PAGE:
The Union Cabinet has recently approved amendments to the Protection of Children from Sexual Offences (POCSO) Act, 2012.
What are the amendments proposed?
- The act will be amended to introduce the death penalty as a punishment for offences of penetrative sexual assault and aggravated penetrative sexual assault.
- The following cases will be treated as “aggravated offence”.
- Cases of sexual assault by police officers,
- by members of the armed forces,
- by public servants,
- by relatives,
- gang-penetrative sexual assault,
- where the survivor is less than 12 years old and
- attempt to inject hormones in children to attain early sexual maturity for the purpose of penetrative sexual assault.
- A hefty fine would be imposed for not deleting, not destroying child pornographic material or not reporting child pornography.
What are the concerns?
- Burden of proof – Usually, in criminal cases, the burden of proof lies on the prosecution, and the guilt must be proved beyond reasonable doubt.
- Under POCSO, however, there is a presumption that a person who is prosecuted for an offence has actually committed the offence, unless the contrary is proved (Section 29).
- Instead of “innocent until proven guilty”, the court assumes that the accused is guilty once the prosecution lays the foundation of the case.
- The Act also presumes that the accused person had a sexual intent when touching the child (Section 30).
- The amendment does not address this existing issue with the bill.
- Under Article 21 of the Constitution, a person can only be deprived of their life or liberty in accordance with the procedure established by law, which should be just, fair and reasonable.
- Thus, by additionally imposing the death penalty for offences that already carry such stringent presumptions violates the right to life guaranteed under the Constitution.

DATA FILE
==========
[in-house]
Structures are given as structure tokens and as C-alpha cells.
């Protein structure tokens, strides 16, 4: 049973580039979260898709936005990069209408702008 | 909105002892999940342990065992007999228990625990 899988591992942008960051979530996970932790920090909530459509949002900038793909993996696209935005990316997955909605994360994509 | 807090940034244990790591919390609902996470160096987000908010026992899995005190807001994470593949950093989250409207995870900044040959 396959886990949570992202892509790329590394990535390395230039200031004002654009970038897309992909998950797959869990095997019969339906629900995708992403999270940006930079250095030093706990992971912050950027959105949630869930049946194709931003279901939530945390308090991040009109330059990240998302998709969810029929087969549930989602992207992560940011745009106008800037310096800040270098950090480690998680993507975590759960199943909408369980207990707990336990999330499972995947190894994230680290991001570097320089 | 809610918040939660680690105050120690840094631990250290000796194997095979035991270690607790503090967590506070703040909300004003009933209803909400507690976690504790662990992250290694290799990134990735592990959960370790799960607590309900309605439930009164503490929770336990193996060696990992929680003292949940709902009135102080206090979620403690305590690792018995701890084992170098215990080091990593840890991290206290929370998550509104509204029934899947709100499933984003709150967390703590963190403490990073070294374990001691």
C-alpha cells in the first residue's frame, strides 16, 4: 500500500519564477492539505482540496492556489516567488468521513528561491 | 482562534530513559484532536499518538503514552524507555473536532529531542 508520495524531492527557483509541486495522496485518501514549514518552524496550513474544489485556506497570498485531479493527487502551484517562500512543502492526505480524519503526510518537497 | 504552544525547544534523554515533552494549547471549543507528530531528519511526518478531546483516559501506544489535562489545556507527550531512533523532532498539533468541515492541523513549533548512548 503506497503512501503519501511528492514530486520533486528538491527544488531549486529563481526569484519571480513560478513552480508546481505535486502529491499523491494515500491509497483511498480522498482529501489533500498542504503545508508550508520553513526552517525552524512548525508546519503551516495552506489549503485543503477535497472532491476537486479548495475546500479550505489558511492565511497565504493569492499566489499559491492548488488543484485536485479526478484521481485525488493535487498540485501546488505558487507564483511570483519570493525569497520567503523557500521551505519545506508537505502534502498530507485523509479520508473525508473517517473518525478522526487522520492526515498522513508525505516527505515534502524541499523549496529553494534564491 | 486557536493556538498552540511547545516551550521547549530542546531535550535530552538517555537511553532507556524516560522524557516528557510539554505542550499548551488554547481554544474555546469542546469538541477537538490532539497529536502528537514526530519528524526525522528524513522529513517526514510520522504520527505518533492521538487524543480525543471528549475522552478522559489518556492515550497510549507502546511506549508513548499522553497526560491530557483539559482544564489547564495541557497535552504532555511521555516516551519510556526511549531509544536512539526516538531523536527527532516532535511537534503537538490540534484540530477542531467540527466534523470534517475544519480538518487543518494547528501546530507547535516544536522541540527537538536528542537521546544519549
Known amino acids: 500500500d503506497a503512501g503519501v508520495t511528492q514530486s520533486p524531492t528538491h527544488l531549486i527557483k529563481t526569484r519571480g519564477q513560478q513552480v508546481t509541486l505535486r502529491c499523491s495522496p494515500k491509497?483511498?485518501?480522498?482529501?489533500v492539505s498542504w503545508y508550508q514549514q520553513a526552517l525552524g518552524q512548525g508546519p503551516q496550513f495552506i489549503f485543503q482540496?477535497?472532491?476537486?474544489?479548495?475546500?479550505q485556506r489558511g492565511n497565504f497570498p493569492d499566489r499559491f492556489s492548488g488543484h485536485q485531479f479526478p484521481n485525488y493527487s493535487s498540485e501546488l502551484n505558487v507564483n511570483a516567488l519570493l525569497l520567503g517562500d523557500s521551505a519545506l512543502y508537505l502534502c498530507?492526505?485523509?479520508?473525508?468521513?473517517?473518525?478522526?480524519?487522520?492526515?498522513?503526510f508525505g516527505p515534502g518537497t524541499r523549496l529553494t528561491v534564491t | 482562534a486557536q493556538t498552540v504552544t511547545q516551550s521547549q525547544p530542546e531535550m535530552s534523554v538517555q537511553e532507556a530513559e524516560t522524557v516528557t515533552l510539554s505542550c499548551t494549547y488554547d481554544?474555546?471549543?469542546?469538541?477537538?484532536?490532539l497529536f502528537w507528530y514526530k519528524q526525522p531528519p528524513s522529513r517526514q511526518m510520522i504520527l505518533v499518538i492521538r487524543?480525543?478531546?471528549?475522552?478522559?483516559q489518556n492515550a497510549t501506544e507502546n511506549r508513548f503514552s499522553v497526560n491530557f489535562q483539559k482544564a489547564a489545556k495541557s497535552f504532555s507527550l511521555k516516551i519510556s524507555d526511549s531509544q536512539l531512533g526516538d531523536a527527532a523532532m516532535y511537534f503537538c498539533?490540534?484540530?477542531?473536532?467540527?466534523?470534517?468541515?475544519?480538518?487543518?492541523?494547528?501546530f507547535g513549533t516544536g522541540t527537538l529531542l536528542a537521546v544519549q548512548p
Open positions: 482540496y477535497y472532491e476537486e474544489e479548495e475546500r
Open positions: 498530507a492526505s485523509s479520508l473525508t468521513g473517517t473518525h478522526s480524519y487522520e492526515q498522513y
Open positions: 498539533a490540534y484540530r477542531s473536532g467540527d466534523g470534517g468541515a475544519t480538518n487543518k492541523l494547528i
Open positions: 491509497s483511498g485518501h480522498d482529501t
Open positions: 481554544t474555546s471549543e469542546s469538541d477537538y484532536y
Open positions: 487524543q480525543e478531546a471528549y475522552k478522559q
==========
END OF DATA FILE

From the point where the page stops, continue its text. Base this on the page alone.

- – To overturn the presumptions, the accused needs to bring witnesses and documents in their defence or conduct a stellar cross-examination, which Evidence require high quality lawyering.
- However, if the accused is in jail, their family will have to collect evidence and find witnesses.
- For migrant workers, it is even more difficult since their neighbours or employers may not readily give evidence.
- Legal procedure -The 262nd Law Commission Report has recommended universal abolition of the death penalty, except in terror cases.
- This has not been given due credence.
- Premise – Further, the reason given for introducing the death penalty is that it will deter child sexual abuse.
- However, the government does not cite any evidence to prove that the death penalty can achieve this goal, in the absence of better policing and shorter trials.
What are the other issued with death penalty report?
- Death row prisoners are typically overwhelmingly poor, lower caste, or religious minorities with 76% of death row prisoners were from backward classes and religious minorities.
- Economic vulnerability had also impacted the experience of the prisoner during investigation and trial.
- Prisoners suffer from lack of access to lawyers during interrogation and many of them had experience of custodial violence.
- At the national level, 24.5% of those on death row were from Scheduled Castes and Scheduled Tribes with Maharashtra, Karnataka, Madhya Pradesh, Bihar, Jharkhand and Delhi being above the national average.
- Also, as cases travelled up the court hierarchy, the proportion of general category prisoners fell, and the proportion of SC and ST prisoners increased.
- Thus, introducing the death penalty in POCSO is likely to send more poor, lower caste and religious minority accused to death row.